It may reasonably be presumed that those, at any rate some of those, who would have no truck with ‘ideology’, interpret the term in the second sense. Meanwhile because of the existence of the first sense, the proponent of ideology can point to absurdity of the suggestion that society can be expected to move in the right direction without people having any coherent ideas as to its ideal destiny.

It should be clear however, from the distinction made above that, to oppose ideology in the debase sense, is not necessary to reject it in the good sense. The westerner’s tried to reduce the Africans as not being rational, and for Wiredu “one of the ways by which a human being can be prevented from realizing himself as a rational being, is by being prevented from trying to think for him self, or even more terrible being rendered unable to think for himself, and this is the kind of condition which ideology in the degenerated sense encourages.

Azikiwe armed with the conviction that no cultural group can exist without an ideology, came to the conclusion that Nigeria (indeed Africa) has an ideology.

No racial or linguistic or cultural groups exist without an ideology. Nigeria is a nation which comprises homogenous racial, but heterogeneous linguistic and cultural groups. Therefore Nigeria has an ideology.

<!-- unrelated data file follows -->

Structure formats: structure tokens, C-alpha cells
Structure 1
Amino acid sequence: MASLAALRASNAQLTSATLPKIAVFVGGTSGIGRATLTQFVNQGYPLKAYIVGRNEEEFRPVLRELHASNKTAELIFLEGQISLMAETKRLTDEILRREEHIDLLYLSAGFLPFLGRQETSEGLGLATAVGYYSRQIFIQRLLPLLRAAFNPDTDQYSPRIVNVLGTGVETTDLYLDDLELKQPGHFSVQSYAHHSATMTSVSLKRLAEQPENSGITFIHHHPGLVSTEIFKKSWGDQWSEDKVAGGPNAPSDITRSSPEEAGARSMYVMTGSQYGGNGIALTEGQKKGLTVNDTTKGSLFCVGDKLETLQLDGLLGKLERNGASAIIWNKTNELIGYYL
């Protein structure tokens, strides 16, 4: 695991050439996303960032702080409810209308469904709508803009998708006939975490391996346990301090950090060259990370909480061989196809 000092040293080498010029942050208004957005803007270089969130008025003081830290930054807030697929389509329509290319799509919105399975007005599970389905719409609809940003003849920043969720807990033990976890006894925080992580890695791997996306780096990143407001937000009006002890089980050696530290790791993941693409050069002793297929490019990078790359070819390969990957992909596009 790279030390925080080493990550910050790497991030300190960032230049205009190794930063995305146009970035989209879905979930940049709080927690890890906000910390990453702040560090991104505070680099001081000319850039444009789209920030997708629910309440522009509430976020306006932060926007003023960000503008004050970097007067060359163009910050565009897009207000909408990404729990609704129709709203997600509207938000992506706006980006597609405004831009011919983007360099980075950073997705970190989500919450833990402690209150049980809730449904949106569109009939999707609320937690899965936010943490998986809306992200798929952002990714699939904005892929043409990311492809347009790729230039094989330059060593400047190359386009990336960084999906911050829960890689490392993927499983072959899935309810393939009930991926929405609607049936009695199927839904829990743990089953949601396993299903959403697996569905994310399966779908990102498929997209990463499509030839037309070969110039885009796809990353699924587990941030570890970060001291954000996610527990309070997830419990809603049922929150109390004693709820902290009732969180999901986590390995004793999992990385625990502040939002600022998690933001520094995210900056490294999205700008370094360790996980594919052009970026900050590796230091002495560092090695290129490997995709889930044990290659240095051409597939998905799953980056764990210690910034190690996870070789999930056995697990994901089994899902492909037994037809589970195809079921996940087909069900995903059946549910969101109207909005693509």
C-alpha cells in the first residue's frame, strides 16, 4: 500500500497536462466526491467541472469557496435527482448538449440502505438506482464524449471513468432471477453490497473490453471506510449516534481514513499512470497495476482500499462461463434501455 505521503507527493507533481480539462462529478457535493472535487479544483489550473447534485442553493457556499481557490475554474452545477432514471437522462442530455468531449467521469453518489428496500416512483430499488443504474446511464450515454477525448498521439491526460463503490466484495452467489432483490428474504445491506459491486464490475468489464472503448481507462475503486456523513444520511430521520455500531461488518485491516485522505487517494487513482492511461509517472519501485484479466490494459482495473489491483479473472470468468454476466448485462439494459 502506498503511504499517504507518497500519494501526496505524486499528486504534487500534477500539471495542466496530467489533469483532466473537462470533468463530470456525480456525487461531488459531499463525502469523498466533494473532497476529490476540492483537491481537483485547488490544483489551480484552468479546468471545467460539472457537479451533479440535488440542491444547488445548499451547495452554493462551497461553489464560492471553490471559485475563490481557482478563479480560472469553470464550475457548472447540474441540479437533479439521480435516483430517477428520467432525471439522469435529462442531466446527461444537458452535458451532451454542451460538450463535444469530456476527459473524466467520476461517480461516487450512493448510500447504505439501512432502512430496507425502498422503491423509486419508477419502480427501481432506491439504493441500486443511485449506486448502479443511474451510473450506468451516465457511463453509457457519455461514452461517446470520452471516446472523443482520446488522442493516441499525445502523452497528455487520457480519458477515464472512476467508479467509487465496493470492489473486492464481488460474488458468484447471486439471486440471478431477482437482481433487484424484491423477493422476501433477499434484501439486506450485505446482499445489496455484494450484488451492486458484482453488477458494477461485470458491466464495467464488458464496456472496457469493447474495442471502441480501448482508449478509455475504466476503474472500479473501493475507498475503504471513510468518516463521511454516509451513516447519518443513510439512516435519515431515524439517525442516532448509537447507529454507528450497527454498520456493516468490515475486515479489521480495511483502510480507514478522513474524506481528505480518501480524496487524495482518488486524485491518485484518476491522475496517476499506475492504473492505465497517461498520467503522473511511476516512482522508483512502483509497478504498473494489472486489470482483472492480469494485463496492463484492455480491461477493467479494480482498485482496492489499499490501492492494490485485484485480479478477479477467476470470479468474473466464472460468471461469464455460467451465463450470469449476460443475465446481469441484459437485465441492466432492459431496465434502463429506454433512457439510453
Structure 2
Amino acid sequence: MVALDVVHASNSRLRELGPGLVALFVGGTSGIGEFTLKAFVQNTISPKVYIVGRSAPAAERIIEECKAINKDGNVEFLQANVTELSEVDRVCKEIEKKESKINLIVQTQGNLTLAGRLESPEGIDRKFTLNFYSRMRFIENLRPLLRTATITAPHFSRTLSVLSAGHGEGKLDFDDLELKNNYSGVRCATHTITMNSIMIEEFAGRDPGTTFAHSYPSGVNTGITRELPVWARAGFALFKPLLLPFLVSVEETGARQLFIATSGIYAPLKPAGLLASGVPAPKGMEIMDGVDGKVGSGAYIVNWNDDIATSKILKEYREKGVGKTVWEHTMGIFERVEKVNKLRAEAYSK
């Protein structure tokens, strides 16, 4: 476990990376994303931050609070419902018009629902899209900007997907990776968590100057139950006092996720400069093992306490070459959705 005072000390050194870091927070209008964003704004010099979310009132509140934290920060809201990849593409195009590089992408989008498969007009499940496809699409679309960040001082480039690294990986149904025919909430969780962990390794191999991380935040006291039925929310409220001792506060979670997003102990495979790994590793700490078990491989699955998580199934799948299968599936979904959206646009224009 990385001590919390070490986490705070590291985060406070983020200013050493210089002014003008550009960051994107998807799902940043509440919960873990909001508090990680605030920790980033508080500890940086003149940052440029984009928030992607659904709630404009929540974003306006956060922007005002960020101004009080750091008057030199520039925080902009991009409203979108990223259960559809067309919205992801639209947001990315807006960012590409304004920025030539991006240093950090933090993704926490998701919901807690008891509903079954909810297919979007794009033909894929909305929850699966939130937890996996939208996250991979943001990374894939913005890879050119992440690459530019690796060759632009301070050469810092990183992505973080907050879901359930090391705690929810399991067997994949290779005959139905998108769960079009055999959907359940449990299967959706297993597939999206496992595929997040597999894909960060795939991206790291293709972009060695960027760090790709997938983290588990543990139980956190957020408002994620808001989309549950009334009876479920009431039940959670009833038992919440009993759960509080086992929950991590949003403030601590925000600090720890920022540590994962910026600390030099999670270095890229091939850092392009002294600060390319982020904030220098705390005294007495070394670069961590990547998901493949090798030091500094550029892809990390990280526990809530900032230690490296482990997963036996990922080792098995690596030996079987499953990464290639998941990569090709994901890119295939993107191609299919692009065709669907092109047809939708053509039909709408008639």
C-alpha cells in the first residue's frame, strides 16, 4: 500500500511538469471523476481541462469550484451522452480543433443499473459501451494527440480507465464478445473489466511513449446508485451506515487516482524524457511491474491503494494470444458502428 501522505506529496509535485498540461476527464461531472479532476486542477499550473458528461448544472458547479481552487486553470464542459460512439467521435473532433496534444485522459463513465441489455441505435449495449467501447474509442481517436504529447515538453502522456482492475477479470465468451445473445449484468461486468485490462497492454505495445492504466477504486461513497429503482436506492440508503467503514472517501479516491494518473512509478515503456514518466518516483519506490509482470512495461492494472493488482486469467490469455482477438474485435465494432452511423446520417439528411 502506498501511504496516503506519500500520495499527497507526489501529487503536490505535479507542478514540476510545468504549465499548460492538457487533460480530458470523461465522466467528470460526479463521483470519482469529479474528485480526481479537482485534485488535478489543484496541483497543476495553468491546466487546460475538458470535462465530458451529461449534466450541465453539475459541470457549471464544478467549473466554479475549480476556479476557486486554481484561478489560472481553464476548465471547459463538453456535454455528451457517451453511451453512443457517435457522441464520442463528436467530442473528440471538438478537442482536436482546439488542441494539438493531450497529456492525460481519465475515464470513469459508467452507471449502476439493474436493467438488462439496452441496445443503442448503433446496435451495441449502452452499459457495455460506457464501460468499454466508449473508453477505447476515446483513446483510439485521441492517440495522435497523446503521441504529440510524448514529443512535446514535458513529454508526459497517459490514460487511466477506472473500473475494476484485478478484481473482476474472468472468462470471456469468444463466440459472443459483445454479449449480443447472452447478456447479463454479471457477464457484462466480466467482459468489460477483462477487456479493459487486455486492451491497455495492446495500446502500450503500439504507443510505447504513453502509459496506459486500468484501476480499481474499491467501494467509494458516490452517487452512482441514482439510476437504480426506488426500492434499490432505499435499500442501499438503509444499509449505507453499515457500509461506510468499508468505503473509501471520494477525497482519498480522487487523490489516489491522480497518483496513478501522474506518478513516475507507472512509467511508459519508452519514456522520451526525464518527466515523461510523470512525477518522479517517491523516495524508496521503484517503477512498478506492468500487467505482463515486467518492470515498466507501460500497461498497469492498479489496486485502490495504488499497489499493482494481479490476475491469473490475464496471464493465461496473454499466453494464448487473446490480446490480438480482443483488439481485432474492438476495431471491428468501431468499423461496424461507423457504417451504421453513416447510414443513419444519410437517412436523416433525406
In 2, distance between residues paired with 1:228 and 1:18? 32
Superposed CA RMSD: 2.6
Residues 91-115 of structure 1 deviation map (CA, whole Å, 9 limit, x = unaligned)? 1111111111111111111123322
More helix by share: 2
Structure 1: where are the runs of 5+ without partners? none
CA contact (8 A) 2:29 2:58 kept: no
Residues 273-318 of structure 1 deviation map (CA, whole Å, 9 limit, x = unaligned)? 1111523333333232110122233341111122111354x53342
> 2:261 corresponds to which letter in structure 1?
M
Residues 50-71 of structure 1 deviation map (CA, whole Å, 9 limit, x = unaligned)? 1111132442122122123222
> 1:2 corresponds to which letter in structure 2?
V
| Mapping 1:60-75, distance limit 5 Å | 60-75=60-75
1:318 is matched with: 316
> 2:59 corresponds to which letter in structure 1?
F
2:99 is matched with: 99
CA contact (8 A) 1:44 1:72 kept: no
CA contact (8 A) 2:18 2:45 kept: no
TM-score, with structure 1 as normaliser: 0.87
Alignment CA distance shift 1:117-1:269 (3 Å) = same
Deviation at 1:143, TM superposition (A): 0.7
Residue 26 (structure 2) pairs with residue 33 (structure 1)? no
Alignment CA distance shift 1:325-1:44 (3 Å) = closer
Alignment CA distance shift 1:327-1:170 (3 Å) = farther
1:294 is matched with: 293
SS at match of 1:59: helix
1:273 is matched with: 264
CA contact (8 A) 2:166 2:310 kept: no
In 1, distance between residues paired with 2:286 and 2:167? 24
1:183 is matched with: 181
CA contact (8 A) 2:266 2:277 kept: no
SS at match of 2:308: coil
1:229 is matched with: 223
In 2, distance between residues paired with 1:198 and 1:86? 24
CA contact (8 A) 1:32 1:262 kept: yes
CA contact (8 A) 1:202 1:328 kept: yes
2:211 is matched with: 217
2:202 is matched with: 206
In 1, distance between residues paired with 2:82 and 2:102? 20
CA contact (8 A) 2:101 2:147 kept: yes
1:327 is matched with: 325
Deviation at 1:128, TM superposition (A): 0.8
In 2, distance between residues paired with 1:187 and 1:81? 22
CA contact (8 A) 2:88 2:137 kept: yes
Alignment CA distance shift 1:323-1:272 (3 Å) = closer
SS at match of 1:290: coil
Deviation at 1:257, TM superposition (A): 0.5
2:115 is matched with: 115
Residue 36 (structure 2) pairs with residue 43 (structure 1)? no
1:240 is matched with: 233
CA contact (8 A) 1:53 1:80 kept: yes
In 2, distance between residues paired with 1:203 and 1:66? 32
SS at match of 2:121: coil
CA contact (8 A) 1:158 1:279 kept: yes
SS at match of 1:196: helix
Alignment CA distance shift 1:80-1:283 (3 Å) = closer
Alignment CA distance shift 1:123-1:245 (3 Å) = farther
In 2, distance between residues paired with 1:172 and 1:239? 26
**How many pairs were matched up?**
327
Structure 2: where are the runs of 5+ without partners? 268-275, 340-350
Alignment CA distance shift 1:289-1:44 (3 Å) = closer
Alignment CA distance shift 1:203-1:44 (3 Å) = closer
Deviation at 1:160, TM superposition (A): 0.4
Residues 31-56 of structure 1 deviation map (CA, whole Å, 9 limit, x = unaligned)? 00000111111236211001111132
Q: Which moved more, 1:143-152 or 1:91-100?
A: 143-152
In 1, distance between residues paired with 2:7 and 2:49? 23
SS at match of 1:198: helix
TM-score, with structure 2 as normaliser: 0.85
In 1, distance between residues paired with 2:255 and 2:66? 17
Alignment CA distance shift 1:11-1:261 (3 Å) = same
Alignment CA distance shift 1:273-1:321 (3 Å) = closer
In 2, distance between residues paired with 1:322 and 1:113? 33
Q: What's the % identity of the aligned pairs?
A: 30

Having ascertained that Africa has an ideology, we now turn to this pristine African ideology.


Azikiwe disagreed with those who were contemplating whether or not Nigeria has an ideology rooted in its past. He argued that no human society can thrive without an ideology of its own rooted in its past. And so Nigeria should not be an exception. Ideological problems could be seen as a result of self alienation from Africa’s root.

Azikiwe identifies this pristine Nigerian (indeed African) economic ideology as proto-welfarism. According to him, this proto-welfarism is welfarism in its “purest form”. He further explains that, “Its objective is to guarantee to every Nigerian an element of economic security, animated by the good will and humanitarianism of each kindred, through the family as a unit of the clan”. This proto-welfarism as portrayed by Azikiwe is believed to promote the idea of material prosperity for Nigerians according to the resources of each individual. And being motivated by the philosophy of live and let live, the proto-welfarism encourages the system of mutual aid and care on the basis of familihood. It enjoins everyone to care for the welfare of each individual.

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Proto-welfarism places the responsibility of finding solutions to the socio-economic problems of the society mainly on the elders, who are known as the trustees of the traditional African societies. They are the custodian of the law, and they made it their point of duty to safeguard, and maintain the welfare of each member of their society. The proto-welfarism of Azikiwe as noted by Igwe Agbafor is simply a term which Azikiwe used to designate the principle of communalism, which was the hallmark of African traditional life before European colonization, and the subsequent disruption of Africans economic and social life.